It’s been said that it takes seven repetitions for a memory to take hold and thirty five repetitions to erase that previously learned memory. Therefore, the concept of perfect practice becomes a necessity, otherwise you’ll end-up spending all your practice time trying to unlearn mistakes – with no time remaining to make progress! This unnecessary waste of time results in frustration, disappointment and lack of confidence. In other words, you feel like quitting. So, to help you avoid this and many other negatives – remember: Prior Planning Prevents Poor Performance.
Some say that the goal of practice is the performance. I tend to think of it this way: practice is for yourself and performance is for others. However, I would agree that practice is the learning of the individual parts and that performance is putting the parts together holistically so as to play them as a whole from the beginning to the end. In other words, practice is digital (start and stop) while performance is analog (continuous).
Whatever your performance goals are, daily practice is essential for the goal to be reached. By setting aside a short amount of time, at the same time each day, you will start to develop the process of practicing and begin to create good practice habits that will last a lifetime.
It’s important to note that each practice session is made up of many sections. And when each section is followed routinely, your practice session will become more productive. This will lead you to a more successful performance. Although the responsibility to practice is yours alone, encouragement from a parent, spouse, friend, band member or teacher can certainly help you become more disciplined. So, be sure to share this article with them. Now, with that said, here are a few suggestions on how to structure your practice session to make your practice time more efficient and effective and your performances more successful too.
Let’s begin with the practice area. It should be a relatively quiet place with good lighting and a comfortable armless chair. It should also be free of interruptions from the computer, phone, fax, pager, tablet, TV and a host of other distractions that can break your concentration. In addition to your instrument, here are some other items that you will find useful: a music stand, metronome, drum machine or sequencer, tuner, CD, recorder, pencils, eraser and your music books. The idea is to have everything close at hand, so that you won’t have to stop practicing to go get something. Next, begin to prepare mentally by focusing on what you want to achieve in this particular practice session. If you have the time, think about what you would like to accomplish this week, this month, or perhaps even this year. The more defined your goals, the easier it is to attain them.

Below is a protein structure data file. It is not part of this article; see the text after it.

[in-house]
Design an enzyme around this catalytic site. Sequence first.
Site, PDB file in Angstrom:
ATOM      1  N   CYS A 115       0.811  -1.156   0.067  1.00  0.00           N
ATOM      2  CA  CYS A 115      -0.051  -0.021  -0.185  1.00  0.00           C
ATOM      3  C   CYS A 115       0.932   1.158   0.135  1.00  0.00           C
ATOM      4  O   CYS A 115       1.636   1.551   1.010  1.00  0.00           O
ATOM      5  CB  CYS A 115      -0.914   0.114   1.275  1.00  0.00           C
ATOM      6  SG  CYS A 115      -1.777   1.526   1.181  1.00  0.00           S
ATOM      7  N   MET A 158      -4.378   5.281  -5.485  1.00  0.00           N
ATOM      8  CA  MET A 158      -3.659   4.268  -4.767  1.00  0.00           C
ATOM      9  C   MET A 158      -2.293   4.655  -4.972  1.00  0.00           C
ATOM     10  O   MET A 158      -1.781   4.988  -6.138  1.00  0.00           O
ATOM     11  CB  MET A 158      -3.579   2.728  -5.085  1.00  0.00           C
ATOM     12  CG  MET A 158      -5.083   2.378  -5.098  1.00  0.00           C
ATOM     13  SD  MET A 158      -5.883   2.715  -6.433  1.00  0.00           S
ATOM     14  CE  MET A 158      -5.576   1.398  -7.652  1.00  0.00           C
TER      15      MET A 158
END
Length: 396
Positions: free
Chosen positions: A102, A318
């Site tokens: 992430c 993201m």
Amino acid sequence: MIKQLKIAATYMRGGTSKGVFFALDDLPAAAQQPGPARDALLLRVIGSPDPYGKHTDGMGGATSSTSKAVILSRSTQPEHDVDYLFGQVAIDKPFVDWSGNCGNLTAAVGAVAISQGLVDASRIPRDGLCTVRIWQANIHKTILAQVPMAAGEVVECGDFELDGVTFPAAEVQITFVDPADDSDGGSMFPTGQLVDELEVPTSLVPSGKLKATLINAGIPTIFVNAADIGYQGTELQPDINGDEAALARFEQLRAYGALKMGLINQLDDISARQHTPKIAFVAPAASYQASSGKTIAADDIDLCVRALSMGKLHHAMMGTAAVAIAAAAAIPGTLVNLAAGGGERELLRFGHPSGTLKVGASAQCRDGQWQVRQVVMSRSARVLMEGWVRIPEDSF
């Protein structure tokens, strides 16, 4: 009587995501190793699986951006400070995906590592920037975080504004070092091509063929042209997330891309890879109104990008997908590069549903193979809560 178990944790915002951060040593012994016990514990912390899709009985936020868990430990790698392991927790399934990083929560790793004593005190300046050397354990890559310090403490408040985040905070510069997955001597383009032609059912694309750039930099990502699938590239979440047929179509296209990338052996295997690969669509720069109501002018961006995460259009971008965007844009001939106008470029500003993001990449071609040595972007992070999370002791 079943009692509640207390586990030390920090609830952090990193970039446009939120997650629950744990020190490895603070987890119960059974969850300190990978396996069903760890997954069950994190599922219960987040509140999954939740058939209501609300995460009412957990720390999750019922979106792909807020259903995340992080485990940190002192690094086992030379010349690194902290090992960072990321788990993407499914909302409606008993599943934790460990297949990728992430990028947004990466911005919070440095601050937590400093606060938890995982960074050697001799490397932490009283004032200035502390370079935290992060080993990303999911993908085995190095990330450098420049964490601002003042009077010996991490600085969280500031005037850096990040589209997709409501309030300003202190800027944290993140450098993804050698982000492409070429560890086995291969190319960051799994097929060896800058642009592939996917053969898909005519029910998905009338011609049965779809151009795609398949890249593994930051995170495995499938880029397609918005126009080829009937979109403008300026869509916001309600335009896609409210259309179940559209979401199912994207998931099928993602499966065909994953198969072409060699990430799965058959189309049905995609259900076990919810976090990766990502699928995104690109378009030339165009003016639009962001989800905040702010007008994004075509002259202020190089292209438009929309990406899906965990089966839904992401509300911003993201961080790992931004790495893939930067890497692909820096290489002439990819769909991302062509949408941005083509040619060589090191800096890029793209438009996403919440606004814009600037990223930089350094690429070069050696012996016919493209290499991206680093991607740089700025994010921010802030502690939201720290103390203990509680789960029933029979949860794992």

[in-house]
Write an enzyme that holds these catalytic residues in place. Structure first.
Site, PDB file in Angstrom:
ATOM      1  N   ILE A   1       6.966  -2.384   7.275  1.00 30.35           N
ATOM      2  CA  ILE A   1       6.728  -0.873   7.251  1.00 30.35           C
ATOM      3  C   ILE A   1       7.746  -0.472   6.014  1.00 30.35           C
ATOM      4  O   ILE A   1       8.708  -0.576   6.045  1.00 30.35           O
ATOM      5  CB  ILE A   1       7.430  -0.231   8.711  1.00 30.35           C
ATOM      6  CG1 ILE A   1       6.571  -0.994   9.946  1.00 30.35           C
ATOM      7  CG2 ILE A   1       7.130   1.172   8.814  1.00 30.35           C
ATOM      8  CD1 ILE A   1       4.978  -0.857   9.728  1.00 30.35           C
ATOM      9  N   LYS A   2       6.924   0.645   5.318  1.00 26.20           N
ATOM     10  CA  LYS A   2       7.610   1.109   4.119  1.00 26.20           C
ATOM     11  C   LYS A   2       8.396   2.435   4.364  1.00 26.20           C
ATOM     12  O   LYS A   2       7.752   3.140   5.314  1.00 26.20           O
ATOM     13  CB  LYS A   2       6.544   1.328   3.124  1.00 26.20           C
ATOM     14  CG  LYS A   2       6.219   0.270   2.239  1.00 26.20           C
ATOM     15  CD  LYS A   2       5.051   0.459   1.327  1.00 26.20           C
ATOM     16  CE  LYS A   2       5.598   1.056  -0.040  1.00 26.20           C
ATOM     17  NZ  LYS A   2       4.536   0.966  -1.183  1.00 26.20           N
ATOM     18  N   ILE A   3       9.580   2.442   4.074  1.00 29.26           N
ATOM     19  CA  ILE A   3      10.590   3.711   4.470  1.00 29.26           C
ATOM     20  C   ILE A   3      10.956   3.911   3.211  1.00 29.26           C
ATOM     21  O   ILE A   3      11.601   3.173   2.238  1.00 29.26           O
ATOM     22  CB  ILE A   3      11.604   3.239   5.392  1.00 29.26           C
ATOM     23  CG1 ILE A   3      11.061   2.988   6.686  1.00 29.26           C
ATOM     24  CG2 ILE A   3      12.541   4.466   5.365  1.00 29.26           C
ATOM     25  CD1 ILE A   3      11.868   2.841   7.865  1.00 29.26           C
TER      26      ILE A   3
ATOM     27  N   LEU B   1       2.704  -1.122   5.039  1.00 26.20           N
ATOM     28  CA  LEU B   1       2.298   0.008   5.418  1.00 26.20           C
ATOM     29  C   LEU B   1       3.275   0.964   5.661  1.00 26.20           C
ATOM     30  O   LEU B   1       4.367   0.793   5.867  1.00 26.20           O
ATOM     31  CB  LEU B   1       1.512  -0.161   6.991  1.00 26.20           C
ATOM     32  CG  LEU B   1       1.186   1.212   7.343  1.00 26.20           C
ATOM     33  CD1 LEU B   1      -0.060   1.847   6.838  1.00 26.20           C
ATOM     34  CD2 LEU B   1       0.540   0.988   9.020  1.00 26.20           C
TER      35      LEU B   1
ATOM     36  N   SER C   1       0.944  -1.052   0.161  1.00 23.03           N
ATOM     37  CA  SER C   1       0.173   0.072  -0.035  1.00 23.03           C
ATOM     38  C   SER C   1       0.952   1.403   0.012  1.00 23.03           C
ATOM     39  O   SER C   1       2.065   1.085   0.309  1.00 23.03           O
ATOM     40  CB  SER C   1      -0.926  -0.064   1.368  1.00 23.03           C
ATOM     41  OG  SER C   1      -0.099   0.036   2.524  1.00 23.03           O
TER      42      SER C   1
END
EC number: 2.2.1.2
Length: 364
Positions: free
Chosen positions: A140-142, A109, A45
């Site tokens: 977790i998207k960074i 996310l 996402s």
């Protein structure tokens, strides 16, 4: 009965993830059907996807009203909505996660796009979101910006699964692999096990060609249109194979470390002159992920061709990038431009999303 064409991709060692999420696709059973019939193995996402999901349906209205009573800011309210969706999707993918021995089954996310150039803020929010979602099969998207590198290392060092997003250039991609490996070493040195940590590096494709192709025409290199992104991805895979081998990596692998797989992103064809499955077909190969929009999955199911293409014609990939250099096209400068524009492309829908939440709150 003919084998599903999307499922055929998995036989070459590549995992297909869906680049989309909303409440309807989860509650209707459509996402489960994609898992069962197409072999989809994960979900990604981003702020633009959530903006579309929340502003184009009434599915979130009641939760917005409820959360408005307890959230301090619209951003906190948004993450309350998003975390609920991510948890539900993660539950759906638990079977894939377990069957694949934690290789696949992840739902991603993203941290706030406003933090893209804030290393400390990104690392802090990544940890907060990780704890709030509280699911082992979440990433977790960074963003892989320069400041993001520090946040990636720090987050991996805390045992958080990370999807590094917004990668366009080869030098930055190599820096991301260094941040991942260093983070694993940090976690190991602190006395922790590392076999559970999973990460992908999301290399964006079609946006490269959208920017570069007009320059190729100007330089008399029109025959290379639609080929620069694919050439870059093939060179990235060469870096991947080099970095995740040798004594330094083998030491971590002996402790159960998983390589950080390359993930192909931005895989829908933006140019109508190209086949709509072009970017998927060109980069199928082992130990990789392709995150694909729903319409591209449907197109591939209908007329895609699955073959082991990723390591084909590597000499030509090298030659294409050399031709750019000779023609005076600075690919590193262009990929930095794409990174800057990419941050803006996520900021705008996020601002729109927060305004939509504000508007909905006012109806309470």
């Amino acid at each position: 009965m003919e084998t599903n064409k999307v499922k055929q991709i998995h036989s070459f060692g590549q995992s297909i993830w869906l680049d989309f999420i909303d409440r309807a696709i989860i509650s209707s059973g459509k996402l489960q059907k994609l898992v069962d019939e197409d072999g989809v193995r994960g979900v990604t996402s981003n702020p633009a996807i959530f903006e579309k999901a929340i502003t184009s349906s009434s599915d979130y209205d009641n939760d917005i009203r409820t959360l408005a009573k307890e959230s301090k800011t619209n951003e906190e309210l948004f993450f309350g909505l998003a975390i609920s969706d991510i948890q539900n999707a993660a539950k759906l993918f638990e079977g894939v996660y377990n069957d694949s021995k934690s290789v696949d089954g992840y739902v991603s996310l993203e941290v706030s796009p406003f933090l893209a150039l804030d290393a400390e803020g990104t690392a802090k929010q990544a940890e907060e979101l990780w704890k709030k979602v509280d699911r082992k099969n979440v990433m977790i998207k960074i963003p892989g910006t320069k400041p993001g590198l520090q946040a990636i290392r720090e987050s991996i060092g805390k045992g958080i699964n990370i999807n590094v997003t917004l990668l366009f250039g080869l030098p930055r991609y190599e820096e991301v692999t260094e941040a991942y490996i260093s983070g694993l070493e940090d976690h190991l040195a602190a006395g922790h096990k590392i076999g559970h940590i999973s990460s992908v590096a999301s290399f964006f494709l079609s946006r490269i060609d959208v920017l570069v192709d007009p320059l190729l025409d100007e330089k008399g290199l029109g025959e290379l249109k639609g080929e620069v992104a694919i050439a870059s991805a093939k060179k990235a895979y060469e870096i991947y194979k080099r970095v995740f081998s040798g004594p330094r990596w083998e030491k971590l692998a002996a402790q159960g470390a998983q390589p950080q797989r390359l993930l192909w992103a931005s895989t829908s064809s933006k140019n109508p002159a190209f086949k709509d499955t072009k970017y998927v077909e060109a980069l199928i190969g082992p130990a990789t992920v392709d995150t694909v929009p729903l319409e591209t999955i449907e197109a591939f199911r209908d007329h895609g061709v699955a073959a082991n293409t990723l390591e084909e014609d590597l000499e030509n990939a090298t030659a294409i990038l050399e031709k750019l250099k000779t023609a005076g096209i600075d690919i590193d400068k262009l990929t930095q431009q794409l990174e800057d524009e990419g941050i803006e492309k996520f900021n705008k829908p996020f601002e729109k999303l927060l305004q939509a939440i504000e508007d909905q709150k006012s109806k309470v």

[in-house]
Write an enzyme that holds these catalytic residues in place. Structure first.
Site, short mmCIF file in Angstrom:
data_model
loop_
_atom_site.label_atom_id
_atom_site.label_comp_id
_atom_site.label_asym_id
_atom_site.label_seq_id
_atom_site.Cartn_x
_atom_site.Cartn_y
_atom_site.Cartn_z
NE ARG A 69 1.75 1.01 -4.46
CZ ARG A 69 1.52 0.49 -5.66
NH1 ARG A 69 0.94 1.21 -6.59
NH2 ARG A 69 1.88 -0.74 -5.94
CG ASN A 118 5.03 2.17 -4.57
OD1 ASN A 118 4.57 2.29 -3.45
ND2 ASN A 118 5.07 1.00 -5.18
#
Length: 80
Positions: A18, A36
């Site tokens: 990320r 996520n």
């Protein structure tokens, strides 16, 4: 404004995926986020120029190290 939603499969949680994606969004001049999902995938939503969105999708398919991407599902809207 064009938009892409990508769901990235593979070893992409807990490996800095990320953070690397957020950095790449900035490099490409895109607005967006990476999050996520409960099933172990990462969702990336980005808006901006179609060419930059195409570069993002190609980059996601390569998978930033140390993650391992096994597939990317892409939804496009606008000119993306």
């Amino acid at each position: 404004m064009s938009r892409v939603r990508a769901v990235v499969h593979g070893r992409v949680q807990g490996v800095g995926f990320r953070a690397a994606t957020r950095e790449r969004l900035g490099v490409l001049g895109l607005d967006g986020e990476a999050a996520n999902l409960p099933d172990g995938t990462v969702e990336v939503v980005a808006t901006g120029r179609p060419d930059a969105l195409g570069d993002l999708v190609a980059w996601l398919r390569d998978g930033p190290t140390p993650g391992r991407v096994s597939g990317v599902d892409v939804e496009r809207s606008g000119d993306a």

To prepare physically, begin by relaxing and releasing any tensions from your body. This promotes correct body alignment and will help to avoid any future health problems such as carpal tunnel and tendinitis. Don’t forget, prevention is the best cure!
Okay, now we’re ready to begin the actual practice session. First tune-up your instrument, and yes, make sure the piano is in tune! Start by warming-up with technical exercises. These will include various scales, arpeggios, chords, etudes and other finger pattern exercises and studies. When you feel that you are sufficiently warmed-up, proceed to the next step of the practice session.
At this stage of the practice session, time is provided for a re-view of previously learned material. The definition of the prefix “re” is: again, therefore, rehearsal could be thought of as “re-hear-all” or, to hear it all again. This review of previously acquired skills creates a connection with the new material being learned. Other topics that may present themselves for review at this time are: rhythm, melody, harmony, sight-reading, analysis, tone production, and dynamics. Daily practice gives you the ability to proceed to the new material with confidence and optimism. That’s a very good thing!
The next stage of the practice session is the actual learning of new material. This is when you thoroughly examine the new material to learn as much as you can before you play it. Some of the things you might encounter at this time are: key signatures, time signatures, tempo, fingerings, phrasing, and lots of other direction signs from the composer. After carefully considering all these elements, you are ready to begin practicing, starting at the beginning and proceeding slowly and perfectly until you reach the end.
You will find it beneficial to break a whole song into smaller sections (even bar by bar) and then link those sections together. This will enable you to minimize, and hopefully eliminate, mistakes at this stage of the practice session.
Sometimes the fastest way is to go slow: think of the tortoise and the hare! A perfect practice is only possible if you begin slowly. Slow enough to think before you play. Another benefit of going slow is that you can break the habit of stopping and repeating from the beginning whenever you make a mistake. This in itself is a mistake! Instead, you learn to isolate and focus on a mistake as it occurs, then re-think it through as many times as necessary to get it correct before moving on. This is much better than wasting time repeating what you already know.
It also helps if you can record your practice so that you can objectively hear what you really played. This will help you identify any problem areas, correct them quickly and improve your future performances. And finally, a progressive practice guarantees that each practice session builds upon the last and that each sequential practice assures your continued ability to confidently proceed from perfect practice to successful perfect performance.
Now, with your eyes on the music, your hands on your instrument, and your ears on the sound, be sure to plan your practice and practice your plan. I’ll be listening…